Thus, in the above example, routing protocol 300 searches for equal cost paths and identifies two such paths. In traditional ECMP routing protocols, each path may be used to balance the load. However, if network 200 were, instead, a large, multipath network, the cost and overhead associated with the search for all equal cost paths would be prohibitive. Further, if there is even a slight change in the cost between nodes A, B, C, D, or E, ECMP may not be possible since there are no longer multiple equal cost paths. This scenario is presented by the network shown in FIG. 4.

In FIG. 4, the cost from D to 0 has changed from 4 to 5. Thus, the cost of the A-B-D-Q route increases by 1 to 35 and the router protocol 300 in router A computes only one best path (A-C-E-Q) at a cost of 34, ignoring the A-B-D-Q path, since it is no longer equal to the A-C-E-Q path. Under traditional OSPF routing protocols, or any routing protocol used to detect a single best path to a destination, only path A-C-E-Q is recognized and used for the routing of data. ECMP routing does not apply since there are no longer multiple paths of equal cost.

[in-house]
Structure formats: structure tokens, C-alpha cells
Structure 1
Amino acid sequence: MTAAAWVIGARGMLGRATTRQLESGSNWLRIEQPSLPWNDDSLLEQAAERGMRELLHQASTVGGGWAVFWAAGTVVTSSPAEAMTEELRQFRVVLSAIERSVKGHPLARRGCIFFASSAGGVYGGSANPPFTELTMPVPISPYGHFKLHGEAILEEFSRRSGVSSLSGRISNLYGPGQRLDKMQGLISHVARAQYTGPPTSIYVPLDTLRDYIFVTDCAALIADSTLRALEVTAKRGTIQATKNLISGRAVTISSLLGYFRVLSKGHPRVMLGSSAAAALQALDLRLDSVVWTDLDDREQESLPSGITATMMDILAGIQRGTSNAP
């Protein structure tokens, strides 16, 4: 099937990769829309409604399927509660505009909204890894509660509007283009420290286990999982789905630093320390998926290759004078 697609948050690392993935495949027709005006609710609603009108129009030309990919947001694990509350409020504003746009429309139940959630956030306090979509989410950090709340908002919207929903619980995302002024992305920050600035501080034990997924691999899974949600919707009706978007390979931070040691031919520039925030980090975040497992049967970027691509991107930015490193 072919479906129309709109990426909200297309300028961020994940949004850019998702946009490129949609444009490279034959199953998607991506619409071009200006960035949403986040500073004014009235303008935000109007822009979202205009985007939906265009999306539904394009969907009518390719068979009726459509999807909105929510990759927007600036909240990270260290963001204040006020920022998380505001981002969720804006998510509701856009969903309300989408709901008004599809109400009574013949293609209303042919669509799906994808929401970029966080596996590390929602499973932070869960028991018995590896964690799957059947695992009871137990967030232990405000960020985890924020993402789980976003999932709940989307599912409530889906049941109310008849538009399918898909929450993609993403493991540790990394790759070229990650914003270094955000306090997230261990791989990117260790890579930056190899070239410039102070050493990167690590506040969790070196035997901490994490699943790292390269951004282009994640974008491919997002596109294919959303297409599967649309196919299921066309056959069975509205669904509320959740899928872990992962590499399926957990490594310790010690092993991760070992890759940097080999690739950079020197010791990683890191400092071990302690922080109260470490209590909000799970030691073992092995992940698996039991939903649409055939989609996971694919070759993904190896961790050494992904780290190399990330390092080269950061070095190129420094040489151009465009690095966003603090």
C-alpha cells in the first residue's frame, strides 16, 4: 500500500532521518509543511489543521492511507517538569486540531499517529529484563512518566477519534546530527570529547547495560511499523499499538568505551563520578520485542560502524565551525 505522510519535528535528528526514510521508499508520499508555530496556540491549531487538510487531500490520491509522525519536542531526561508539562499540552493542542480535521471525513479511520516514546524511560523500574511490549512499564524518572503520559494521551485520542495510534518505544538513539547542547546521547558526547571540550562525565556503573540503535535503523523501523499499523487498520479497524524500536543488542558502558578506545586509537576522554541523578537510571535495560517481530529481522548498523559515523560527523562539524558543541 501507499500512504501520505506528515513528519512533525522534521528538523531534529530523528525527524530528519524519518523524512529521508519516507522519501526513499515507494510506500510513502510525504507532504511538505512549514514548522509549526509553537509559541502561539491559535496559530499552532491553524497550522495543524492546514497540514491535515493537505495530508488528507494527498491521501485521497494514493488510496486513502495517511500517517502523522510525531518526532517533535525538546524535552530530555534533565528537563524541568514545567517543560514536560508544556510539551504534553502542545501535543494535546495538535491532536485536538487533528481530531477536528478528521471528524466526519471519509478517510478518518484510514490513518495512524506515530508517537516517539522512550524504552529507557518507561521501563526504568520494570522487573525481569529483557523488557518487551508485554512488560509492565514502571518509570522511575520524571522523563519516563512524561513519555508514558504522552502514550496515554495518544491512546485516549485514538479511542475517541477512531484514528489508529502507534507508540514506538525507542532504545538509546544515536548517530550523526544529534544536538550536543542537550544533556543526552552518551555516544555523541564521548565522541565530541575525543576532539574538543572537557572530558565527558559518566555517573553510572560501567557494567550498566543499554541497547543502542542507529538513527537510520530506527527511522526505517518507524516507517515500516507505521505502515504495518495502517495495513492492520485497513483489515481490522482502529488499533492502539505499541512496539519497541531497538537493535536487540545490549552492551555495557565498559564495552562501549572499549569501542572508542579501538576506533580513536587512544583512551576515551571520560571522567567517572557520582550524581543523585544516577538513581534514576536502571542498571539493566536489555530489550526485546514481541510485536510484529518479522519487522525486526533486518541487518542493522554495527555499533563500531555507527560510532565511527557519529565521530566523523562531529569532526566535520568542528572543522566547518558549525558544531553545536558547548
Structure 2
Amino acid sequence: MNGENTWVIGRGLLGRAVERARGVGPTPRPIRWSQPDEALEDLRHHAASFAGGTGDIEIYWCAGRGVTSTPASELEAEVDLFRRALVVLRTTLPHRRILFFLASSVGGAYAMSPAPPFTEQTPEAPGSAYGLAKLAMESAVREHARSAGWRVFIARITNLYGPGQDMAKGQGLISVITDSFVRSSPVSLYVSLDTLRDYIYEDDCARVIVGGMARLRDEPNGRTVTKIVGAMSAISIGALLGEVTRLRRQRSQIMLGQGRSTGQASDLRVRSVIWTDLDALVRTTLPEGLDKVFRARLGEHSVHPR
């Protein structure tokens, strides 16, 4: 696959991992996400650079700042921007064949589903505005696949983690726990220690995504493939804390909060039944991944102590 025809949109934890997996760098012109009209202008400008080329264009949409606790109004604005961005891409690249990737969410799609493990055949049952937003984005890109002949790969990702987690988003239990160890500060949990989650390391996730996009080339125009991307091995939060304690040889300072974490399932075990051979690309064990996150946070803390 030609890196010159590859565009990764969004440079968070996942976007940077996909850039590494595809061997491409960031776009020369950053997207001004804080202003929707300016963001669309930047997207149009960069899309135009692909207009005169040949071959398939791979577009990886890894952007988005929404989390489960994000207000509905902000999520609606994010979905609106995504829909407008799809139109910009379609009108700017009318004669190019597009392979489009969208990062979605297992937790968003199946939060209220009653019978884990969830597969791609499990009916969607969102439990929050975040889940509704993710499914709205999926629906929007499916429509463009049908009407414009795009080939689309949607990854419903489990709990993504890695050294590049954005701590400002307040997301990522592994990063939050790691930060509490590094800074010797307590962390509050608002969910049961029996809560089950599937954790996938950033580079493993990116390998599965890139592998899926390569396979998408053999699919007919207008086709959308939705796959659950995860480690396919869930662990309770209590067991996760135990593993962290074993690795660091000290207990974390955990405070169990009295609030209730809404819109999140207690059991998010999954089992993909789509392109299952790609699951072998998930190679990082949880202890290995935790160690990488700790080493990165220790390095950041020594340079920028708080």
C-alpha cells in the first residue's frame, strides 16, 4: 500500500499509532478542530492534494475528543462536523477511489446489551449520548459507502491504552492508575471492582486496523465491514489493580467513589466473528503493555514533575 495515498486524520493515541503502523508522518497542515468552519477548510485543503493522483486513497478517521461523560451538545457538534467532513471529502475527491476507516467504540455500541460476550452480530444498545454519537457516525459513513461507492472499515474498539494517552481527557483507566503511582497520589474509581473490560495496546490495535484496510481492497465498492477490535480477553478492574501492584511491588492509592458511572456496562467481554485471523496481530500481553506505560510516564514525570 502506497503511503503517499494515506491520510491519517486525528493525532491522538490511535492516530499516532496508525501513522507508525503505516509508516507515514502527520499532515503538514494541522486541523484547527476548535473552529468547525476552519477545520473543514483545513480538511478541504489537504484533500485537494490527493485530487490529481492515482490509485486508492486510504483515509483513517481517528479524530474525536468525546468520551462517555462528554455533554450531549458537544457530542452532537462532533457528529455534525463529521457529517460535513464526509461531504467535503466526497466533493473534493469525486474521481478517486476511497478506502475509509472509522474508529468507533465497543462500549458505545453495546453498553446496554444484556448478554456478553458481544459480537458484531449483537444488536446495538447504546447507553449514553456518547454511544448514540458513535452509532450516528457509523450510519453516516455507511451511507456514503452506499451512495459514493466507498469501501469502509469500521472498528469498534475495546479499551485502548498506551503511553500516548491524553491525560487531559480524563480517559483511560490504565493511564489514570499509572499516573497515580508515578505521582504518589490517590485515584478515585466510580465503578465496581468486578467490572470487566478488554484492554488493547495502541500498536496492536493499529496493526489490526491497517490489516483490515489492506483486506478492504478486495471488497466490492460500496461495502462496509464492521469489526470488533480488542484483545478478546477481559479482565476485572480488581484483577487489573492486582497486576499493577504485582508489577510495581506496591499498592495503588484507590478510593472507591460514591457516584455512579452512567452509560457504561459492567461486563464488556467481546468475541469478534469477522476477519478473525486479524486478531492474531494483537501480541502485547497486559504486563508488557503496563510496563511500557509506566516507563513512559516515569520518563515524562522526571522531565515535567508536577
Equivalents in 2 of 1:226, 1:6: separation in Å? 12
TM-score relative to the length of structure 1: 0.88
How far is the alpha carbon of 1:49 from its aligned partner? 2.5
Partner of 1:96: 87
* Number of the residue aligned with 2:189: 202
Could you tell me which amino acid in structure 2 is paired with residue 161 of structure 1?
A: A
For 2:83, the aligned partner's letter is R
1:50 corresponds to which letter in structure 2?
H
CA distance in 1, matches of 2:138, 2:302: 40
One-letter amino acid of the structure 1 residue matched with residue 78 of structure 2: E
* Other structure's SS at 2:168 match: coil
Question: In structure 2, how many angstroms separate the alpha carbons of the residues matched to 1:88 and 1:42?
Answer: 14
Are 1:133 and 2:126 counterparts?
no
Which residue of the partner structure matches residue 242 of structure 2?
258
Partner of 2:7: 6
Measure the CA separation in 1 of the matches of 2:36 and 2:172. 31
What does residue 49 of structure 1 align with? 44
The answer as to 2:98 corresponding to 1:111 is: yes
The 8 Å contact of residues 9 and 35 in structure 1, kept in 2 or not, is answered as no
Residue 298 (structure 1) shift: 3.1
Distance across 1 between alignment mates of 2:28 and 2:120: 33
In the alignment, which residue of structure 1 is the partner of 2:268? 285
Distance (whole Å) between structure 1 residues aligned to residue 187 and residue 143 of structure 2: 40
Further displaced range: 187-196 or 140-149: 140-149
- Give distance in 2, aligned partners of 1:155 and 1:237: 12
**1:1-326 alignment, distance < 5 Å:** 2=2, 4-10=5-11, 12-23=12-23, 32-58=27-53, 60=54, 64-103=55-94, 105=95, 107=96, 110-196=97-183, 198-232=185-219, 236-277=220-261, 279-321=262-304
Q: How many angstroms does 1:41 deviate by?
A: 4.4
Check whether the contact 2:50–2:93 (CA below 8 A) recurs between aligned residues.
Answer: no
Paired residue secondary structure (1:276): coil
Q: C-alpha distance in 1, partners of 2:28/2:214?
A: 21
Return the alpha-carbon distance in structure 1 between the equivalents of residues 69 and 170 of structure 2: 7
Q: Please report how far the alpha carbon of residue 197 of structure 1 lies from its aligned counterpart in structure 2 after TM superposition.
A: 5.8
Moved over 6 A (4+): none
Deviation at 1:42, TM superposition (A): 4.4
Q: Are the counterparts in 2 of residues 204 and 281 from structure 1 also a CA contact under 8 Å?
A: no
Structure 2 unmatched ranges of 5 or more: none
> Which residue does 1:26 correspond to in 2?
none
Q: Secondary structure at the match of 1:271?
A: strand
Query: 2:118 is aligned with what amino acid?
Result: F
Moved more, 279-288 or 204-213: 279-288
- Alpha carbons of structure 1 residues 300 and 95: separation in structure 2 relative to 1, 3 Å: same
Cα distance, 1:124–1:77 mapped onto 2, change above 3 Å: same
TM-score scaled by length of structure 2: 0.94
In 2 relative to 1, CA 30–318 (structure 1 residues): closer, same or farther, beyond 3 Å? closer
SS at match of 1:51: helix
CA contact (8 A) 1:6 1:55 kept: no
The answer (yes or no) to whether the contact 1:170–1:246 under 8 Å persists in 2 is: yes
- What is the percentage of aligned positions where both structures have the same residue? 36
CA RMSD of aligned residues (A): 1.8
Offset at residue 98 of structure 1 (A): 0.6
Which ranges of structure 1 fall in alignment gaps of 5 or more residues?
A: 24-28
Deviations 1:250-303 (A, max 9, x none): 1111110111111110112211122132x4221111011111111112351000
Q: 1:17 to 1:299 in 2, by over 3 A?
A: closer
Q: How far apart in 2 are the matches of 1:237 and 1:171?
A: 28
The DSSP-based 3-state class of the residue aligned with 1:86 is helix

The present invention relaxes the ECMP computation requirements to make other paths whose cost is within a chosen cost “band” or “margin” qualify as an “equal cost” path. Unlike a traditional OSPF routing protocol, which would simply use the best path, i.e., the least-cost route, routing protocol 300 of the present invention calculates alternate routes by modifying the “same-cost” requirement of traditional ECMP protocols to enable multipath routing notwithstanding the fact that the costs of the alternate paths are not identical. CPU 302 instructs routing protocol 300 to supply forwarding module 304 with routing data for the multiple alternate routes.

By limiting the restrictions on multipath routing parameters, the throughput and performance of router A and the network is improved since greater use is made of the network's available bandwidth. In one exemplary embodiment, a threshold margin of 10% can be used to identify alternate paths that don't necessarily qualify as “equal-cost” paths under traditional ECMP standards but are close enough in cost to the least-cost route to be used in a load-sharing routing protocol. Utilizing a cost margin also serves to remove from consideration those paths whose cost exceeds the best path by a certain chosen threshold, i.e. “cost margin”. In this way, a network operator can realize a trade off between the benefits of multipath routing and excessive costs.